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If you’ve ever tried to close the doors of an elevator before they did it themselves, you’ve probably wondered, “Does that button really do anything at all?” Well, the simple answer is…disappointing. Most door-close buttons in U.S. elevators do not work. They’re actually programmed to not work. But…why?
When the Americans With Disabilities Act was passed in 1990, elevators were required to have things like raised buttons, braille signs, and audible signals, plus it was also mandated that the elevator doors remain fully open for at least 3 seconds to ensure someone with a disability would have enough time to get inside (and, logically, the “Close Door” button would cut that time short). Some elevator makers took things one step further, though, and just deactivated the button altogether. So, with the average life span of an elevator is around 25 years, and the Disabilities Act having been around for 28 years, it’s a safe bet that most operational elevators today don’t have functioning “Close Door” buttons. Only firefighters are able to close elevator doors manually through the use of a special key.
There are exceptions to the rule, though. In New York City, elevators are required by law to have working “Close Door” buttons, though many have such a long delay that the button’s basically useless. Or, if you’re in Great Britain & you take a “lift” (as they’re called in the UK), “Close Door” buttons there are fully functional. Not all elevators have the button, though, but when they do, they work (though the time it takes the doors to shut after pressing the button varies lift to lift).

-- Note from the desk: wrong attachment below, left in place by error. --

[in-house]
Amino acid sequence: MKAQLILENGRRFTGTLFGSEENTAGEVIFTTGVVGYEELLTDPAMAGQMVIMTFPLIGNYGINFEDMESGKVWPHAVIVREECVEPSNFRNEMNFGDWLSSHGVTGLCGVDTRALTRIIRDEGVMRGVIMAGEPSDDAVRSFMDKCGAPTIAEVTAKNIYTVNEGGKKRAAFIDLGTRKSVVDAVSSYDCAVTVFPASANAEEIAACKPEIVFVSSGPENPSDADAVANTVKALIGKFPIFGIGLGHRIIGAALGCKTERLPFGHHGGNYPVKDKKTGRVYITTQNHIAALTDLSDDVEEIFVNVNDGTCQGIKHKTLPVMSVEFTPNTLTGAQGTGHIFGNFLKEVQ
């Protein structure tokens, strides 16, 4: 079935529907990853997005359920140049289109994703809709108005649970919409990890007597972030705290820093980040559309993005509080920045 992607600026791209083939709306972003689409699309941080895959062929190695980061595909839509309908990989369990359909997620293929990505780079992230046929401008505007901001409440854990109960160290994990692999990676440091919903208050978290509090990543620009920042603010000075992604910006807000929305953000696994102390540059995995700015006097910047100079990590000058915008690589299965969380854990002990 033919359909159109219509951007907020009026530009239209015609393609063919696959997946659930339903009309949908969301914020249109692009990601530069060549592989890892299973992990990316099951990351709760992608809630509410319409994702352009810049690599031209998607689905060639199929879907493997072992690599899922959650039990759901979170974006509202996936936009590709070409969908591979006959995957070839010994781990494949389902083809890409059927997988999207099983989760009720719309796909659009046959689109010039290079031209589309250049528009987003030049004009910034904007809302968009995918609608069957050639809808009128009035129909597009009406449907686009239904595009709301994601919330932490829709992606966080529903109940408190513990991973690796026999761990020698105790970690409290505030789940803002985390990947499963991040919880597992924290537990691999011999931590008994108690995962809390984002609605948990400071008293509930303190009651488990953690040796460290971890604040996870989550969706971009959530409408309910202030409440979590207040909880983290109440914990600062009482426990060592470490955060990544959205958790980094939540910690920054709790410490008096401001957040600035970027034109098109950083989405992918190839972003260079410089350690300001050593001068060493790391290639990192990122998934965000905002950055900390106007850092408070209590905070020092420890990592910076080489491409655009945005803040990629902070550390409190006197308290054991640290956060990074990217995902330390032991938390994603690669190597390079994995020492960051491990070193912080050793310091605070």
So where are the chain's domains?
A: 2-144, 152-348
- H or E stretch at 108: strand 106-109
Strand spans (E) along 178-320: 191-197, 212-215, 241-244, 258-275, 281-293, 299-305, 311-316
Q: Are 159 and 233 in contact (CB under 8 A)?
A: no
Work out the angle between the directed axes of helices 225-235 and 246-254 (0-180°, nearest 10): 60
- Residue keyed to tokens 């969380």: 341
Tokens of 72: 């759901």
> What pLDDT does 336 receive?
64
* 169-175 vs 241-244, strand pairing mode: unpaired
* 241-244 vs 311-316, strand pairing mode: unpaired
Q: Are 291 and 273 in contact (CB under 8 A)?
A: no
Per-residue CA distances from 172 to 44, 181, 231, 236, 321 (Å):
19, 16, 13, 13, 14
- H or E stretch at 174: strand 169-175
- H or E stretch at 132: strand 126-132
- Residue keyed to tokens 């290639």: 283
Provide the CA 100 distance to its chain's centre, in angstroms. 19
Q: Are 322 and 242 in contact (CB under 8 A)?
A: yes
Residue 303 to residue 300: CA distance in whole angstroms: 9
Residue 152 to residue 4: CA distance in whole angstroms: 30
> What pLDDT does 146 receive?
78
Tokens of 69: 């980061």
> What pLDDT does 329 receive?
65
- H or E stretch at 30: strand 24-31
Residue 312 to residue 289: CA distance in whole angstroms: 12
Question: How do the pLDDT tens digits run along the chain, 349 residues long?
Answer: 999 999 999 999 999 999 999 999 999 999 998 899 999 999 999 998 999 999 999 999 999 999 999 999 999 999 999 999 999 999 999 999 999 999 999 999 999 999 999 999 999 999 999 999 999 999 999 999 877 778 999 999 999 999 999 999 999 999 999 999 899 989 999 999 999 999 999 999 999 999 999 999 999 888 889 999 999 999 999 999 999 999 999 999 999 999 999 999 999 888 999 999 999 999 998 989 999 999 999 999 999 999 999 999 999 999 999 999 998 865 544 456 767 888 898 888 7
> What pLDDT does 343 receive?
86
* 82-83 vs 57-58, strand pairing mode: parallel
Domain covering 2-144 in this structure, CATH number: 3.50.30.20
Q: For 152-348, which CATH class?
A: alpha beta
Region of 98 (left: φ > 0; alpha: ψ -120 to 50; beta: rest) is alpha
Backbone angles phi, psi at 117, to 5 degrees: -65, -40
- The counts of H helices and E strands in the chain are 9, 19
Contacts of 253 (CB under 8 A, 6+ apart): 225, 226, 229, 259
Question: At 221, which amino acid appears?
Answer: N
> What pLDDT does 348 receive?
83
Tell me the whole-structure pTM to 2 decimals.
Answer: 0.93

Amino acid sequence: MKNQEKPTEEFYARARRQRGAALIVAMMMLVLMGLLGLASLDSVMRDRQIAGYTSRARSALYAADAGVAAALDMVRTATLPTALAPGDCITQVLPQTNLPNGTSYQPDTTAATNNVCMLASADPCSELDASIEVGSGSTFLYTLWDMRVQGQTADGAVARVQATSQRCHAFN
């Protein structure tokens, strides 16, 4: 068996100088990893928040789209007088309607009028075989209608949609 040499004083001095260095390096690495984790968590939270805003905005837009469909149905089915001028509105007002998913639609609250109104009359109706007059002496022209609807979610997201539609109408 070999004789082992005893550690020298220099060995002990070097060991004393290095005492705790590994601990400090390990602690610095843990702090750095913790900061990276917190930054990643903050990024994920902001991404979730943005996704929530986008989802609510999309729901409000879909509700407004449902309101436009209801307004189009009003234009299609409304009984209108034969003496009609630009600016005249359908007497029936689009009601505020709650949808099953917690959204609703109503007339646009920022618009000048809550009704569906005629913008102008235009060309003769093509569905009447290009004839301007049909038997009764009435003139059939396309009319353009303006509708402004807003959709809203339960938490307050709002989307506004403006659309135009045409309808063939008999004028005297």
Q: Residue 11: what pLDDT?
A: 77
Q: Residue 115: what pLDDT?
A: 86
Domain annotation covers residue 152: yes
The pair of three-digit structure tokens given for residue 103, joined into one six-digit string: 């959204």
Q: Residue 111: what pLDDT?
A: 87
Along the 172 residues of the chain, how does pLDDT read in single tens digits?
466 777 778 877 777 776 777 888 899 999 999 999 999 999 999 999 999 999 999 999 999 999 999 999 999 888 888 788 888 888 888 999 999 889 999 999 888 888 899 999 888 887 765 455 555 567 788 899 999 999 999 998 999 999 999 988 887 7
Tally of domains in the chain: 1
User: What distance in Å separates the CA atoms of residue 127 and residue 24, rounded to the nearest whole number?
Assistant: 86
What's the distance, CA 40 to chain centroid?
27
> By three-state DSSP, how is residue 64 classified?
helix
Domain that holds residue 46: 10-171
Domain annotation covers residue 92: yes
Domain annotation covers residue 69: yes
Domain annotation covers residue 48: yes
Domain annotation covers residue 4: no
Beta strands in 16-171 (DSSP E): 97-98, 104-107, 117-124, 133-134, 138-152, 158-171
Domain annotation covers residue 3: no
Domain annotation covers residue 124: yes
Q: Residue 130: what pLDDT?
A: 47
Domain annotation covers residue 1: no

So, why would they install a useless button in the first place? “Placebo Buttons”, as they’re called, are actually psychologically important to elevator riders. The thought is that believing you’re in control makes you feel better about the claustrophobic elevator experience. But, it’s not just elevators: city crosswalks buttons are often disabled, and thermostats in many office buildings are rigged so temperatures can’t be altered (even though the numbers might appear to change). So, even if you were to swear up & down that elevator “Close Door” buttons really do work, it’s just your brain deceiving you. The doors are going to close anyway eventually, so those buttons are merely there to help alleviate some of your subconscious anxiety about riding in a tiny metal box up a cable for sometimes 25, 50, even 100 floors.
So now you know: the next time you’re running late to work, you can take comfort knowing that even those few extra seconds you might’ve saved pressing a functioning ‘close door’ button aren’t really worth all that much in the long run.
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